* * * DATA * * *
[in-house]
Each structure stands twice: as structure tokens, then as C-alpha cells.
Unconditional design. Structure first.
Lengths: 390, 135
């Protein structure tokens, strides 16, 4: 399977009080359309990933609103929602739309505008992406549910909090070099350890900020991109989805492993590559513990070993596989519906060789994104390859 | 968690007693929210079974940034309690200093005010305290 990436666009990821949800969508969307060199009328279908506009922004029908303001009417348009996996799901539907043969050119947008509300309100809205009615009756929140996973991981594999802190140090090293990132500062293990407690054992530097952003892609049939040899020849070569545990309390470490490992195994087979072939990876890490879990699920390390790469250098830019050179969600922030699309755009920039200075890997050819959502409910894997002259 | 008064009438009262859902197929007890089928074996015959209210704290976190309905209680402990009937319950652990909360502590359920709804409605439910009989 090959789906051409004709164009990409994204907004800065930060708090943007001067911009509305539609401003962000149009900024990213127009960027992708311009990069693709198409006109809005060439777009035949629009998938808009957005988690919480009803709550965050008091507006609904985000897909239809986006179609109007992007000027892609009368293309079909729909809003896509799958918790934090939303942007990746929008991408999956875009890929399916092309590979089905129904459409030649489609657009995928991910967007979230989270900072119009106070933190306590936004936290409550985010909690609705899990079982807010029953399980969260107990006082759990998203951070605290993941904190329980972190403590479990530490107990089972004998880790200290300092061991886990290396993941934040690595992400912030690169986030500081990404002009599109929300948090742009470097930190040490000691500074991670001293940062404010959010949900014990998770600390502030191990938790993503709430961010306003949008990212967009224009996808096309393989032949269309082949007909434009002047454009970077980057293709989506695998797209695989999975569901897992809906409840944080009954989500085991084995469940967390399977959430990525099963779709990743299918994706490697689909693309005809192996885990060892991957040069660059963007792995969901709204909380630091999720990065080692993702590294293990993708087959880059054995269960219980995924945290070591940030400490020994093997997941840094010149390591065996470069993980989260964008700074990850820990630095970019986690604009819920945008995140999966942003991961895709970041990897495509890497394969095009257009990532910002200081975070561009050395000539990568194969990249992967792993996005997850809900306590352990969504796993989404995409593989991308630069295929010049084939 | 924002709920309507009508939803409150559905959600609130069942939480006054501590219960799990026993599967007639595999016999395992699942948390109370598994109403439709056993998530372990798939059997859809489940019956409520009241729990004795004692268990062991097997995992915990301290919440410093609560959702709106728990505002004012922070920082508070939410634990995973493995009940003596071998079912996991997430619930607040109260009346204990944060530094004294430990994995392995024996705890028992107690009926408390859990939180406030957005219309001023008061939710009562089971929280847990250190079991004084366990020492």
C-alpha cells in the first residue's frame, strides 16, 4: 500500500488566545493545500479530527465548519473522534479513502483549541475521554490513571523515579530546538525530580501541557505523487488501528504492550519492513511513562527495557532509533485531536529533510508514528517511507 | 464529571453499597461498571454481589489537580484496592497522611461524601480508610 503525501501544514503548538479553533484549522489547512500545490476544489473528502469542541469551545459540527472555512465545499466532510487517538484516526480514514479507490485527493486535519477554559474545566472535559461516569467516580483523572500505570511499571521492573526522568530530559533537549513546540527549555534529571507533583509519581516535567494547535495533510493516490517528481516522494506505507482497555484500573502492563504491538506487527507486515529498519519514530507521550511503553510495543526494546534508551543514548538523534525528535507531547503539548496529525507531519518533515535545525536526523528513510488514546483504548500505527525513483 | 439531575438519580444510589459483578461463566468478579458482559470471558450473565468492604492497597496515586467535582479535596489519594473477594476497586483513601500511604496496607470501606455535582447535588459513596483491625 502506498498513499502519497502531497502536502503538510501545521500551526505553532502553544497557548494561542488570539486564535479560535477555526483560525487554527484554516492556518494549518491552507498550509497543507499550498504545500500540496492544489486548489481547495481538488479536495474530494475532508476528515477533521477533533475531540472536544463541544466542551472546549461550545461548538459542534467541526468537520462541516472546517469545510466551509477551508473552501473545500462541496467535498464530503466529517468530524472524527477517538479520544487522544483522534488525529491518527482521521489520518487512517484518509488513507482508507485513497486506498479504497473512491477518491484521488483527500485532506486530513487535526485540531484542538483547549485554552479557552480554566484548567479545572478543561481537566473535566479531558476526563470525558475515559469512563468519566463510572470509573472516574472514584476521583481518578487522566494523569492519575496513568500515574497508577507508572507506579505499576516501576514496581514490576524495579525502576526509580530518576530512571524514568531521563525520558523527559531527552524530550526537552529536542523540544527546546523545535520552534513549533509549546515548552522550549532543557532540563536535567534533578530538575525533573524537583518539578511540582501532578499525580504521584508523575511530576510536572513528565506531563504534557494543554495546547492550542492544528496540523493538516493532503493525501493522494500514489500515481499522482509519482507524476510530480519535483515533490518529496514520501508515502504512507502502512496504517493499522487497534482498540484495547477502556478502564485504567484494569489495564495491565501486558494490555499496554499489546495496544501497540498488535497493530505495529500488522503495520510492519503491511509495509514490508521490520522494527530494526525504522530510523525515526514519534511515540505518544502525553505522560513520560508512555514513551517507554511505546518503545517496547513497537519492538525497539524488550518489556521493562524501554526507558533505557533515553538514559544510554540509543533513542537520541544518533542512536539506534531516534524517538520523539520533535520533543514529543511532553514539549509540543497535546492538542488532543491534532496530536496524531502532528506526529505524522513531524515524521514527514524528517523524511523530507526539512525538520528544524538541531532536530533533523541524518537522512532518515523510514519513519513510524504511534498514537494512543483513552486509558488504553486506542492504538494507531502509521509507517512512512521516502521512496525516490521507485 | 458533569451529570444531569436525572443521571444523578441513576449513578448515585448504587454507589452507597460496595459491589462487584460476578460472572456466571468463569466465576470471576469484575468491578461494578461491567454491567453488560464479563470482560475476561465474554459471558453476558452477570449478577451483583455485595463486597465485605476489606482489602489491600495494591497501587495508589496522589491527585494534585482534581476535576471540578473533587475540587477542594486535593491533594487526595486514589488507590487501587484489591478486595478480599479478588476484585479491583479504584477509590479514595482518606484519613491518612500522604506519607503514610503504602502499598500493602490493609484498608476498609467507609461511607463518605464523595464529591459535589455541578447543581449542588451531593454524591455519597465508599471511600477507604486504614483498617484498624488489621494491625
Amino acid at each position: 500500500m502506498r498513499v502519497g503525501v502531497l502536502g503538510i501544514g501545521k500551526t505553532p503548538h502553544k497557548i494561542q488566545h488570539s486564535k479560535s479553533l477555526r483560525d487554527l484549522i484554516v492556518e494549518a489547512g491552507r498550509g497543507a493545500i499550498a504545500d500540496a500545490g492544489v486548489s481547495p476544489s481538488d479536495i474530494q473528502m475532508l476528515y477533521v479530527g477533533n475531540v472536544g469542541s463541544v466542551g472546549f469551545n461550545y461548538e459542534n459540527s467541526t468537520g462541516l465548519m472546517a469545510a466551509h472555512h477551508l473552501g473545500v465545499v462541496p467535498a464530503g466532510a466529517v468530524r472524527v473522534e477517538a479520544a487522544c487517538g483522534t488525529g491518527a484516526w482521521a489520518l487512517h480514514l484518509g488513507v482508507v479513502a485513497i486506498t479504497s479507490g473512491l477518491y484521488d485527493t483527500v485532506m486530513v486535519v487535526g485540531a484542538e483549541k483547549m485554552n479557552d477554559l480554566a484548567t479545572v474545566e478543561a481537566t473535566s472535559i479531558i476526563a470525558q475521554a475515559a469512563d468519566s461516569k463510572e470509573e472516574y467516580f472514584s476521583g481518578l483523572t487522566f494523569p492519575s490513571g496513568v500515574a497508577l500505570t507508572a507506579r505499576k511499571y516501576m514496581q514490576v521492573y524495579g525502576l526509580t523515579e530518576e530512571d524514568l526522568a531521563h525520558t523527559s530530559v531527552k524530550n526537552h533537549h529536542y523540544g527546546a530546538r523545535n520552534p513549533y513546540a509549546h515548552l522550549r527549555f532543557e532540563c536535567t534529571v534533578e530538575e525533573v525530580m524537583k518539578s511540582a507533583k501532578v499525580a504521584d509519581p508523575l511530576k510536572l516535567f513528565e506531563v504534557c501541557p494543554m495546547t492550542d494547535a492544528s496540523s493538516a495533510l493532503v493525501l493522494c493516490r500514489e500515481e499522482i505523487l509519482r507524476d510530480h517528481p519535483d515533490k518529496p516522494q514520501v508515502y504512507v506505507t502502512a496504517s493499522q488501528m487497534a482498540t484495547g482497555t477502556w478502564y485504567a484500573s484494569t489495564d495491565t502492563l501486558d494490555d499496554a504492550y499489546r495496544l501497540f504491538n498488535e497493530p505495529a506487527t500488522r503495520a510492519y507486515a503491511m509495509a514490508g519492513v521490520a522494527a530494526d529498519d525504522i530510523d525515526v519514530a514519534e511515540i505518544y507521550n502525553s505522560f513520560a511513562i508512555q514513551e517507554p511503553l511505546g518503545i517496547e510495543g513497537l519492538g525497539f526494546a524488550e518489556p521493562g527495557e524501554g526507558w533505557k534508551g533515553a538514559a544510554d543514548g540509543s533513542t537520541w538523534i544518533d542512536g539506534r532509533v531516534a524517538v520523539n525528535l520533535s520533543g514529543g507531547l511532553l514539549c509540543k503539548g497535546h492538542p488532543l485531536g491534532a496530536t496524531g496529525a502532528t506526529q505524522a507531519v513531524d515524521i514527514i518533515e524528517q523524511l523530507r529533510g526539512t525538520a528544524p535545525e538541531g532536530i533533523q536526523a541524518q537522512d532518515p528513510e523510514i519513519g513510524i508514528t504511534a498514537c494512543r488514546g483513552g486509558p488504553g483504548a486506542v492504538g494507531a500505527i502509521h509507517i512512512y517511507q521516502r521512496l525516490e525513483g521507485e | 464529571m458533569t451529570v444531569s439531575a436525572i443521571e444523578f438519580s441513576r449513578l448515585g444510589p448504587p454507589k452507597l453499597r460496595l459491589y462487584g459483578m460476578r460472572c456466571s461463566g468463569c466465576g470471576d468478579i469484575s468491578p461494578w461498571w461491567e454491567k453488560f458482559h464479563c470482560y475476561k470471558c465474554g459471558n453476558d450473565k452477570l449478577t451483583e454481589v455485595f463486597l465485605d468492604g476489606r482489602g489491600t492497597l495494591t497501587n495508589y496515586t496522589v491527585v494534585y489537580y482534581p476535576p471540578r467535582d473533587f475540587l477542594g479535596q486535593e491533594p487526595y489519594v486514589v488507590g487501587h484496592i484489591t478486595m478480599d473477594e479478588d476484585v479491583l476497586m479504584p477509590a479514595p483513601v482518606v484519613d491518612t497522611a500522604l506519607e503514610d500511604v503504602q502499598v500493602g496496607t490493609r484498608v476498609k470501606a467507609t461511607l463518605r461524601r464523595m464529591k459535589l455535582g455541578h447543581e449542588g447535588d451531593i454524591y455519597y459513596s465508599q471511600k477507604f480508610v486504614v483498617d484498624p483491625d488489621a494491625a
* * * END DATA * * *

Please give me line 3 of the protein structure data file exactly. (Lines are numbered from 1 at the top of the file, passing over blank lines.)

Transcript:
Unconditional design. Structure first.